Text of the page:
Husband to Serve One Year in Honeymoon Scuba Death
Calling the sentence "ludicrous," the victim's father says, "This is not justice"
David Gabriel “Gabe” Watson, dressed in a suit and tie, his dark hair cropped short and sprinkled with grey, sat impassively in an Australian court Friday while a judge delivered his sentence: 4 1/2 years in prison for the manslaughter of his wife of 11 days, Tina Watson.
But the Brisbane Supreme Court judge suspended the sentence after 12 months, meaning Watson will spend only about a year in jail.
The Alabama man, 32, was charged with murder in the 2003 death of his wife while they were scuba diving on the Great Barrier Reef just days after a dream wedding in Birmingham, Ala. Prosecutors accepted a plea to the lesser charge of manslaughter for failing in his role as her dive buddy by not giving her emergency oxygen.
Father Blasts Sentence
After the verdict, Watson’s father, Tommy Thomas, denounced the sentence as “ludicrous.”
“This is in no way, shape or form even a beginning to get justice for our daughter,” Thomas said. “It’s an embarrassment to … everyone involved. I think it’s an embarrassment to Australia.”
Thomas added, “We believe that Gabe Watson murdered our daughter. We will continue to believe that. This is not justice and this is not over.”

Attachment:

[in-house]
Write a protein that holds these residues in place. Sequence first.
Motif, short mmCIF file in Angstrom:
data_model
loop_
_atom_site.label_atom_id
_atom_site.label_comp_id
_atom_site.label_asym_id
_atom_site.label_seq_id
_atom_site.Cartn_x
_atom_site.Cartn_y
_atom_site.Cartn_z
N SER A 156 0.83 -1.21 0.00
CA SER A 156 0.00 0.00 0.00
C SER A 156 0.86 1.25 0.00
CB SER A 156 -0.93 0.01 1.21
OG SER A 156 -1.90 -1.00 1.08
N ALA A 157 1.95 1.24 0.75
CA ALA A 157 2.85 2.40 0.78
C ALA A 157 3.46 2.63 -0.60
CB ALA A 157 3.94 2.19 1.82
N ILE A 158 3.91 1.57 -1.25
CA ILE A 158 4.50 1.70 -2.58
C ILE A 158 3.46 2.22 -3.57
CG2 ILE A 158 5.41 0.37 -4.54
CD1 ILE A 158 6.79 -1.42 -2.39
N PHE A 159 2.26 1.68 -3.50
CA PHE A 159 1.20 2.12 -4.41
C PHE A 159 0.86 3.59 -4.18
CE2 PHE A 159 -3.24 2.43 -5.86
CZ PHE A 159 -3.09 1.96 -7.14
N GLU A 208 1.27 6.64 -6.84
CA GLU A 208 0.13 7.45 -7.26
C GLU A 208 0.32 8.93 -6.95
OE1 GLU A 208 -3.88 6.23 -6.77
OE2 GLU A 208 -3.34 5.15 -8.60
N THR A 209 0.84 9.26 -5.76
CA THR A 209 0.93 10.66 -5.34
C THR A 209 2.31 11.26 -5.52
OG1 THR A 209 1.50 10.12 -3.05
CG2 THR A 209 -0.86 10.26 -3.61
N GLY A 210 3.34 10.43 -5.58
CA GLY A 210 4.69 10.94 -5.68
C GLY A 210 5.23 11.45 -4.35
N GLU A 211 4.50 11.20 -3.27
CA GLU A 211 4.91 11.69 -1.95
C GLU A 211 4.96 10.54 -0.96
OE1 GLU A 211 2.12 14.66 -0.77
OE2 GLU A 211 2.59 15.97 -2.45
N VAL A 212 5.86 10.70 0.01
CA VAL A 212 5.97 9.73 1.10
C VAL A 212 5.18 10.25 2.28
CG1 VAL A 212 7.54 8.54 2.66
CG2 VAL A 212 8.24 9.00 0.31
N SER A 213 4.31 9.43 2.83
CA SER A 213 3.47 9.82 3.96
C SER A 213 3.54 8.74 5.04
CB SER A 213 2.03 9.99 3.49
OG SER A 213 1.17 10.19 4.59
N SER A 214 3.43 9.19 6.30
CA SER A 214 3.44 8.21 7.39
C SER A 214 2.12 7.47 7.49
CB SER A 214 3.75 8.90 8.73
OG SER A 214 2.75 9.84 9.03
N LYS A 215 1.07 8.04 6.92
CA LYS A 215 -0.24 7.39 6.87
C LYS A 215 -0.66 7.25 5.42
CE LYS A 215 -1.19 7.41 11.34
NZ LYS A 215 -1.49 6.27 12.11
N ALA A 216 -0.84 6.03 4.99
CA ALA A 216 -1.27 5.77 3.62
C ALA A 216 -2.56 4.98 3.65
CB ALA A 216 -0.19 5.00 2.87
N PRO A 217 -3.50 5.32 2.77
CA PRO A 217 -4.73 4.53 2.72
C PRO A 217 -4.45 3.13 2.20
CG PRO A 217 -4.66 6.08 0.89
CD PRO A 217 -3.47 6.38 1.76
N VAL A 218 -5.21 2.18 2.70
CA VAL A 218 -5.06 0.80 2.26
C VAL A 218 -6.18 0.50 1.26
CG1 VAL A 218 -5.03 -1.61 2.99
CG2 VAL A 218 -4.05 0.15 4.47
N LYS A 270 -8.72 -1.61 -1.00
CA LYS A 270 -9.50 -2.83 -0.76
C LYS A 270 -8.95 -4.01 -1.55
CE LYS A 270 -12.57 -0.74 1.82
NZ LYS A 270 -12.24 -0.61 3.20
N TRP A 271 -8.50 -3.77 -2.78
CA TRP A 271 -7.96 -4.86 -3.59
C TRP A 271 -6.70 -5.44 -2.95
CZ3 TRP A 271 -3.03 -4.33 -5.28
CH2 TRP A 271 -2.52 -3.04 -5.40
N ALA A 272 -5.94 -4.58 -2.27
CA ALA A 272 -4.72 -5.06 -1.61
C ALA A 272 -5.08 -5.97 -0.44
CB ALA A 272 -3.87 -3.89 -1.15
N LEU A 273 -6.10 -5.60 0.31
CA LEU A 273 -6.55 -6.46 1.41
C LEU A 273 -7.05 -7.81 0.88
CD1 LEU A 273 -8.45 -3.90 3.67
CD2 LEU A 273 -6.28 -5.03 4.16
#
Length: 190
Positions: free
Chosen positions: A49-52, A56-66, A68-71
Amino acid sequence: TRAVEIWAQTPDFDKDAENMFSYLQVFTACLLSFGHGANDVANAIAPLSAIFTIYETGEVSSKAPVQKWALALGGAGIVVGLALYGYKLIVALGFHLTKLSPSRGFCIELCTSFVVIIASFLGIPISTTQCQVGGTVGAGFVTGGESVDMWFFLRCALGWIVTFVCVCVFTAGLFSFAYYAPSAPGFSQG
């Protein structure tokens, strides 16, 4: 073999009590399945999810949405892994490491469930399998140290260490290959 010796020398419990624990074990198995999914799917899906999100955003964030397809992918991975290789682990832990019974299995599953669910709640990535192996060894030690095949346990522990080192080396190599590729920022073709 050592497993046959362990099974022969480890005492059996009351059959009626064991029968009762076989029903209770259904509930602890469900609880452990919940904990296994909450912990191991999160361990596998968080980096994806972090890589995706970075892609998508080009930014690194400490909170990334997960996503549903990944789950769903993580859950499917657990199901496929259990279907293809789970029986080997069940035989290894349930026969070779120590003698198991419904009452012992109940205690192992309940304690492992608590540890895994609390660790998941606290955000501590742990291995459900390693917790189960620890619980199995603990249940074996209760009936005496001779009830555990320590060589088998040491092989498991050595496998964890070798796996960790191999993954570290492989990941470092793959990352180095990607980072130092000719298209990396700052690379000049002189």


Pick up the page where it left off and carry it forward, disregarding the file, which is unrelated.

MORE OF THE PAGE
It was 5 1/2 years ago when newlywed Tina Watson, then 26, drowned while diving around the “Yongala” shipwreck, about 42 miles off the coast of Australia. Gabe, an experienced diver, and Tina, a novice, began to descend along a chain fixed to the bottom. They had only gone about 40 feet, Gabe later told authorities, when the underwater currents buffeted them. As Gabe told it, Tina suddenly signaled that she wanted to return to the surface and quickly started sinking.
Grabbing her by her buoyancy vest, he swam back to the chain. That’s when Tina’s hand hit his mask and regulator, knocking them askew. He said as he tried to readjust them, she started to sink to the bottom. He said he did his best to try and reach her, but “she was going down just as fast.”
At that point, he said, he made the decision to go for help. “I pretty much turned,” he said, “and just rocketed to the top.” But investigators later discovered he had headed to the top slowly. A diver immediately dove down and found Tina lying unconscious on the ocean floor. He raced her back to the top, but Tina could not be revived.
According to Tina’s father, shortly before the couple married, Tina told him Gabe had requested that she increase her life insurance benefits from her employer – the payout would have come to $165,000 in the event of her accidental death – and make him the sole beneficiary. She did not make the change, but the insurance company confirmed that Watson asked about her policy after her death, according to investigators.